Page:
The big picture is: three or four big guys come and dig around the foundation, mostly outside, but some inside. They then chip away at the footer to make it square, install helical piers (a long screw driven deep into the clay soil, approximately 25 to 35 feet). They then attach pier to footer brackets and use hydraulic jacks to lift the house some what. It's a skill that must be developed, like getting everyone to smile with eyes open at once. After a careful and skilled lift they then bolt the footer brackets to the piers. House loads are now resting on these piers. Sounds easy but it's a lot of work and yes it's expensive, but what else can a retiree on limited income to do with his savings. Here are the teasers for day 1, there are two more days to go. Will take some each day. If you have question, then ask. See first pic for their phone number.
|Dustin, Steve and Can|
|Door Wall moving south|
|Lee said there are always two cracks, maybe more.|
|Steve with bracket|
|Head Supervisor Lee, and Second Supervisor Can|
|Back hoe in motion|
|Can with crawl space driver|
|Outside driver and helical piers and extensions|
|In crawl driving a pier.|
|South wall, hydraulic lines for crawl driver|
|Lee with his driver|
|Shane, the real man on the driver|
|Steve working on bracket space|
|Driving extension tubes and helical pier, Approximate 27 feet deep|
|James setting bracket and jack lifts|
|Today's crew, James Steve, Lee, and Shane|
|Lee who always smiles for his clients, now what about Valarie?|
|Jack being readied for lift|
|3 of the 5 lift jack being supplied by same manifold via one hydraulic pump|
|Laser Level, Lee's favorite toy|
|Lee marking before lift using laser level|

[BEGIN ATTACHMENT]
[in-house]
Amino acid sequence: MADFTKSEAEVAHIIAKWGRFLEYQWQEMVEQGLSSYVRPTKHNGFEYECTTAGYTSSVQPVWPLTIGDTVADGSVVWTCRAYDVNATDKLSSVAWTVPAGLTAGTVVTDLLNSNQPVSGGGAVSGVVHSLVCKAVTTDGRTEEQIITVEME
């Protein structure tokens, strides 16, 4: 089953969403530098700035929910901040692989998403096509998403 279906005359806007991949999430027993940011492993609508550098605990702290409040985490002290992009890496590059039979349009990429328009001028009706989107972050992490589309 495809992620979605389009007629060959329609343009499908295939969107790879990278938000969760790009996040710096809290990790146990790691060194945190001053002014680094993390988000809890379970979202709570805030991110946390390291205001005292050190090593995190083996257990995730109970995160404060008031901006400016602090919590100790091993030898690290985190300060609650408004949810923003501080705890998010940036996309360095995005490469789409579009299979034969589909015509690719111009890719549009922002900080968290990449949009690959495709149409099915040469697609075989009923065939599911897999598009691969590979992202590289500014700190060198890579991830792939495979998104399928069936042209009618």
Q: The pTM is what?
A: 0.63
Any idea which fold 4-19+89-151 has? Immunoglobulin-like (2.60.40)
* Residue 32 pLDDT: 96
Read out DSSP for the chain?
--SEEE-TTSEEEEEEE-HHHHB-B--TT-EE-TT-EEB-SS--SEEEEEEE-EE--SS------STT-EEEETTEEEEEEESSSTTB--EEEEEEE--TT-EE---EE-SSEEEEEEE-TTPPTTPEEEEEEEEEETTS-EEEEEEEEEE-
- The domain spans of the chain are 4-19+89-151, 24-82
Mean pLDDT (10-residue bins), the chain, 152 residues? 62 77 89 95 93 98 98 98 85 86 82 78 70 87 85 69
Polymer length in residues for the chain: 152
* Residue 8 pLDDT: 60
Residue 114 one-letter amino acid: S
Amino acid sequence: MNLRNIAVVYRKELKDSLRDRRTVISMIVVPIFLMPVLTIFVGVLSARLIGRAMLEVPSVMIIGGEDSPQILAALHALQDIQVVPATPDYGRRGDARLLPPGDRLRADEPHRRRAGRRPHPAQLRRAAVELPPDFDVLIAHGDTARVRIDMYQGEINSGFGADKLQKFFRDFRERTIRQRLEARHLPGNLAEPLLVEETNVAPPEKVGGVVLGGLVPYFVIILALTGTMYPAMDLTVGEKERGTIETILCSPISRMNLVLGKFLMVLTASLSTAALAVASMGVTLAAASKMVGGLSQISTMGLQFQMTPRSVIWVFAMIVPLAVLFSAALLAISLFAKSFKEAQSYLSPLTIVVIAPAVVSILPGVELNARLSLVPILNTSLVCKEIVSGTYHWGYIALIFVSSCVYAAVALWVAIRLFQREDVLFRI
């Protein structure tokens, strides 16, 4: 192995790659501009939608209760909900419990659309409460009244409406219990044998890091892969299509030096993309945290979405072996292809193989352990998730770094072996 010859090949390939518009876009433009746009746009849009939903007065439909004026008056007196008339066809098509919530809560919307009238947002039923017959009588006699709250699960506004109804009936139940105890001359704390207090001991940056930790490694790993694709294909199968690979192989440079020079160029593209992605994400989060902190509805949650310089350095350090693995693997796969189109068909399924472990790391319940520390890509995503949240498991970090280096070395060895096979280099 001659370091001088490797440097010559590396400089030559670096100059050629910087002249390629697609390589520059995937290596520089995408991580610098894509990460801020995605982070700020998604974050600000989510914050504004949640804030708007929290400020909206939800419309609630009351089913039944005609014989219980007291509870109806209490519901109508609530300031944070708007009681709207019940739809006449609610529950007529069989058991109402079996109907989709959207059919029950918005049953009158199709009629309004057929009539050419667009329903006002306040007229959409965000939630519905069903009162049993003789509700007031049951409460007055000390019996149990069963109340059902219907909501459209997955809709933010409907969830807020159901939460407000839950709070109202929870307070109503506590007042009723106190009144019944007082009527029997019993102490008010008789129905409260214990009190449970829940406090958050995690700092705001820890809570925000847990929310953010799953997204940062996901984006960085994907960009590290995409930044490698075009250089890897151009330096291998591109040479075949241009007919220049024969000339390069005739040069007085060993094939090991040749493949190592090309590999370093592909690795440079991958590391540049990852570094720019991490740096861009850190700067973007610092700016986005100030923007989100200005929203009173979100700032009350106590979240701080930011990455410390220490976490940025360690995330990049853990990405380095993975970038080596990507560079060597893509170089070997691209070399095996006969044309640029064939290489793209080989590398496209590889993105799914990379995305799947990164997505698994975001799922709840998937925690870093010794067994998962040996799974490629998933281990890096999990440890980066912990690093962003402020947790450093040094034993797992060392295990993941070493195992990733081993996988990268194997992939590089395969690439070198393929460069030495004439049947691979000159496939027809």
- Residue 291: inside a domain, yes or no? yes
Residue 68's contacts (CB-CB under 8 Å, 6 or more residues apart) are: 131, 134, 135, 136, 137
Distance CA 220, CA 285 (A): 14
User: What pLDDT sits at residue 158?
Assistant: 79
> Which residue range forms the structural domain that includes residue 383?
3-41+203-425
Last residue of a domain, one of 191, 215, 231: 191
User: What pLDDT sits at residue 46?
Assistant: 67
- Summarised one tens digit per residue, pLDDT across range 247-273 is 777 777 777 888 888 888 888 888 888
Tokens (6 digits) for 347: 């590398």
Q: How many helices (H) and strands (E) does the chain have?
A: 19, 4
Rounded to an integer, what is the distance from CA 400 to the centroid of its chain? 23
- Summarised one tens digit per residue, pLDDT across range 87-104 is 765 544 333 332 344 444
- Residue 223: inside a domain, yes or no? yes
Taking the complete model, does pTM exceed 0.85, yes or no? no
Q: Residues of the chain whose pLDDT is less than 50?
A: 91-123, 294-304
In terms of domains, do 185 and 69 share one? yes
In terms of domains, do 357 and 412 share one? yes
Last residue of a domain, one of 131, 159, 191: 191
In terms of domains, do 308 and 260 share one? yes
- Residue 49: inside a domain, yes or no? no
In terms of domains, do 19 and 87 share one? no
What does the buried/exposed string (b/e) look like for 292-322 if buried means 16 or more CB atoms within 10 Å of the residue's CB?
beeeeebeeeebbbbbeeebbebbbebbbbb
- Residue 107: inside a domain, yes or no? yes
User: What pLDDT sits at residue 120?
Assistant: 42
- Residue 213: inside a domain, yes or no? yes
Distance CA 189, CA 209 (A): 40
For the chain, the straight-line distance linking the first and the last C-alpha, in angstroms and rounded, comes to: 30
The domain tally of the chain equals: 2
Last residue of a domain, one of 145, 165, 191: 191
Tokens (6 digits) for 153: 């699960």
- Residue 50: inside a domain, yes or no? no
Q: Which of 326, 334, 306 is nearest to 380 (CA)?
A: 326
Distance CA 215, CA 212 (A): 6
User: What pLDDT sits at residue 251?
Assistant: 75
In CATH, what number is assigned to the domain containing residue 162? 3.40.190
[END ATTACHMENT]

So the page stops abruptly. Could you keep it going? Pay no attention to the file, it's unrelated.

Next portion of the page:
|Last bracket with laser level.|
|Laser mark versus Sharpy mark, moving upward|
|Hydraulic pump used for 5 jack lifts at once|
|Jack under pressure|
|Lee and Can slowly squeezing 5 jacks and footers are moving|
|Majority of gap size decrease|
|1/4 inch movement on southwest corner, 1/2 inch movement on southeast corner. The real purpose is to stop footer sinking, not get it back to original.|
|James, Lee, and Can, all done.|
|Can Pic for Wife|
|James, father of twins, soon to be groom|
Well that's day 1-3. Want to review some lessons learned, will be adding to this later this week, need to got to Pittsburgh now. All pics are on snap fish. Click this link to see more Basement Doctor Photographs
Well its now August 11, 2011, if you came this far and your not related then here are some lessons learned.. I do this because this was expensive and there are many who can take advantage.
Always get as many estimate as possible. I really learned what was going on by asking many question to the many vendors. With each vendor I always had new questions, but my knowledge bank increased. Basement Doctors answered my question, but my question base came from other quotes.
Always go with fixed price. Some vendors would sell you 21 feet of base pier length at fix torque value, then say oh its $40/foot if we need more, guess what they will always we need more.
Be careful if the bid is too good. Very low bids are a tell that something is wrong.
Always stipulate what is the final torque values on their driver. This pressure must be converted to torque based on the driver specifics. You can see the supply pressure on the driver hydraulic hoses, but good luck finding the conversion factor. Diving these piers is also a skill related to stones or other debris being in pier's pathway. I really left it up to Lee. I did see the pressure gauge spike up when he hit a rock or something.
Remember that the diameter of the helical blade for each starter pier is holding the load, if its narrow then, less load can be hold and it can be driven deeper, hence more extension lengths are needed, costing more. See bullet above about fixed price above. Get helical blade diameters on contract.
Round piers are always better than square piers, their stronger.
Always go with galvanized piers and brackets versus painted to just plane (Lee calls the black) metal. Metal rusts and if you look, one will find many spent and rusting bracket pics.
Always run a BBB check against the company. Note that some have negative results with this so called acceptable BBB recommendation. They only look at complaints and if these are rectified.
Well that's about it for now. As time progress I may add more or revises these. If you want more or just want to talk, then call or e-mail. A home is a place were family is kept. To make an investment like this takes time to make. Weight your options. If you want to pass that house along or sell it, then a repair sooner as later is always better. Love ya Pete